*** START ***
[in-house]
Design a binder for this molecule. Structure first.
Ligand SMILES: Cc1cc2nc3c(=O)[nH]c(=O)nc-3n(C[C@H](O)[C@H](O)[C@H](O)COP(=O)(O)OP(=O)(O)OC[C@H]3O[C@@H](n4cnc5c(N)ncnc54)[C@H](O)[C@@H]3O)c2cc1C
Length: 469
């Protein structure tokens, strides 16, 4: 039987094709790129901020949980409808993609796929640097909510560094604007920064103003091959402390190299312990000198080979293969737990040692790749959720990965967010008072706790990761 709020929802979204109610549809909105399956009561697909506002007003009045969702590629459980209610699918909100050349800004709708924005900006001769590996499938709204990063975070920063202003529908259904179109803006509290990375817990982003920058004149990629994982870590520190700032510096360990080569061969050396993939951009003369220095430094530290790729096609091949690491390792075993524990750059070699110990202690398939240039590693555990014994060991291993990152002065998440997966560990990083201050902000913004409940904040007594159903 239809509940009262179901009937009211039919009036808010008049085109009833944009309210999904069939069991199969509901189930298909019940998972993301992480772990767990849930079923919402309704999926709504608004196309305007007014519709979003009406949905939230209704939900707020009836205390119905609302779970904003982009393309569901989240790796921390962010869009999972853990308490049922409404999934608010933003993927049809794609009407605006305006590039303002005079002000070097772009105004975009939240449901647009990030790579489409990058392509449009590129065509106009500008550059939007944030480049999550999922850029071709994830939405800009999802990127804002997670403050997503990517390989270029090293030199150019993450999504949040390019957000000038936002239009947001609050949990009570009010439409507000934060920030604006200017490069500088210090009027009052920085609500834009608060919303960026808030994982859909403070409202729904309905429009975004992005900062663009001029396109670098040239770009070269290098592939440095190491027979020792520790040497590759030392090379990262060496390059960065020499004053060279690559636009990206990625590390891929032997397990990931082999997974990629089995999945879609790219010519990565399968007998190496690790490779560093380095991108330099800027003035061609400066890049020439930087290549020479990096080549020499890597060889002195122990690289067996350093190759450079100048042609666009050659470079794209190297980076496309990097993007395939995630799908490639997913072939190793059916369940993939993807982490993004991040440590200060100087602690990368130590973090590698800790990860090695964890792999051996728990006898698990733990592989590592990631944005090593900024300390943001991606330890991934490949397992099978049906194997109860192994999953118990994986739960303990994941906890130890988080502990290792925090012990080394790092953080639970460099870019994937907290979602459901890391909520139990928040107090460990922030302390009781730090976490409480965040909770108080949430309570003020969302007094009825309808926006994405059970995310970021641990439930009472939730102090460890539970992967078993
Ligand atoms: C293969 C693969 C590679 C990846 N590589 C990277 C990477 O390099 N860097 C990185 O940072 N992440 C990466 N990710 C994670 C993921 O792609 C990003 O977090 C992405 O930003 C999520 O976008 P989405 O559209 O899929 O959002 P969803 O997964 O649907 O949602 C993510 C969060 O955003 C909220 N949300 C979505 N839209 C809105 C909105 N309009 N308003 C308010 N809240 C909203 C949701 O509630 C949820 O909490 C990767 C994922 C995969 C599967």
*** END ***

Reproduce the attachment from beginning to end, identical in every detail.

[in-house]
Design a binder for this molecule. Structure first.
Ligand SMILES: Cc1cc2nc3c(=O)[nH]c(=O)nc-3n(C[C@H](O)[C@H](O)[C@H](O)COP(=O)(O)OP(=O)(O)OC[C@H]3O[C@@H](n4cnc5c(N)ncnc54)[C@H](O)[C@@H]3O)c2cc1C
Length: 469
């Protein structure tokens, strides 16, 4: 039987094709790129901020949980409808993609796929640097909510560094604007920064103003091959402390190299312990000198080979293969737990040692790749959720990965967010008072706790990761 709020929802979204109610549809909105399956009561697909506002007003009045969702590629459980209610699918909100050349800004709708924005900006001769590996499938709204990063975070920063202003529908259904179109803006509290990375817990982003920058004149990629994982870590520190700032510096360990080569061969050396993939951009003369220095430094530290790729096609091949690491390792075993524990750059070699110990202690398939240039590693555990014994060991291993990152002065998440997966560990990083201050902000913004409940904040007594159903 239809509940009262179901009937009211039919009036808010008049085109009833944009309210999904069939069991199969509901189930298909019940998972993301992480772990767990849930079923919402309704999926709504608004196309305007007014519709979003009406949905939230209704939900707020009836205390119905609302779970904003982009393309569901989240790796921390962010869009999972853990308490049922409404999934608010933003993927049809794609009407605006305006590039303002005079002000070097772009105004975009939240449901647009990030790579489409990058392509449009590129065509106009500008550059939007944030480049999550999922850029071709994830939405800009999802990127804002997670403050997503990517390989270029090293030199150019993450999504949040390019957000000038936002239009947001609050949990009570009010439409507000934060920030604006200017490069500088210090009027009052920085609500834009608060919303960026808030994982859909403070409202729904309905429009975004992005900062663009001029396109670098040239770009070269290098592939440095190491027979020792520790040497590759030392090379990262060496390059960065020499004053060279690559636009990206990625590390891929032997397990990931082999997974990629089995999945879609790219010519990565399968007998190496690790490779560093380095991108330099800027003035061609400066890049020439930087290549020479990096080549020499890597060889002195122990690289067996350093190759450079100048042609666009050659470079794209190297980076496309990097993007395939995630799908490639997913072939190793059916369940993939993807982490993004991040440590200060100087602690990368130590973090590698800790990860090695964890792999051996728990006898698990733990592989590592990631944005090593900024300390943001991606330890991934490949397992099978049906194997109860192994999953118990994986739960303990994941906890130890988080502990290792925090012990080394790092953080639970460099870019994937907290979602459901890391909520139990928040107090460990922030302390009781730090976490409480965040909770108080949430309570003020969302007094009825309808926006994405059970995310970021641990439930009472939730102090460890539970992967078993
Ligand atoms: C293969 C693969 C590679 C990846 N590589 C990277 C990477 O390099 N860097 C990185 O940072 N992440 C990466 N990710 C994670 C993921 O792609 C990003 O977090 C992405 O930003 C999520 O976008 P989405 O559209 O899929 O959002 P969803 O997964 O649907 O949602 C993510 C969060 O955003 C909220 N949300 C979505 N839209 C809105 C909105 N309009 N308003 C308010 N809240 C909203 C949701 O509630 C949820 O909490 C990767 C994922 C995969 C599967």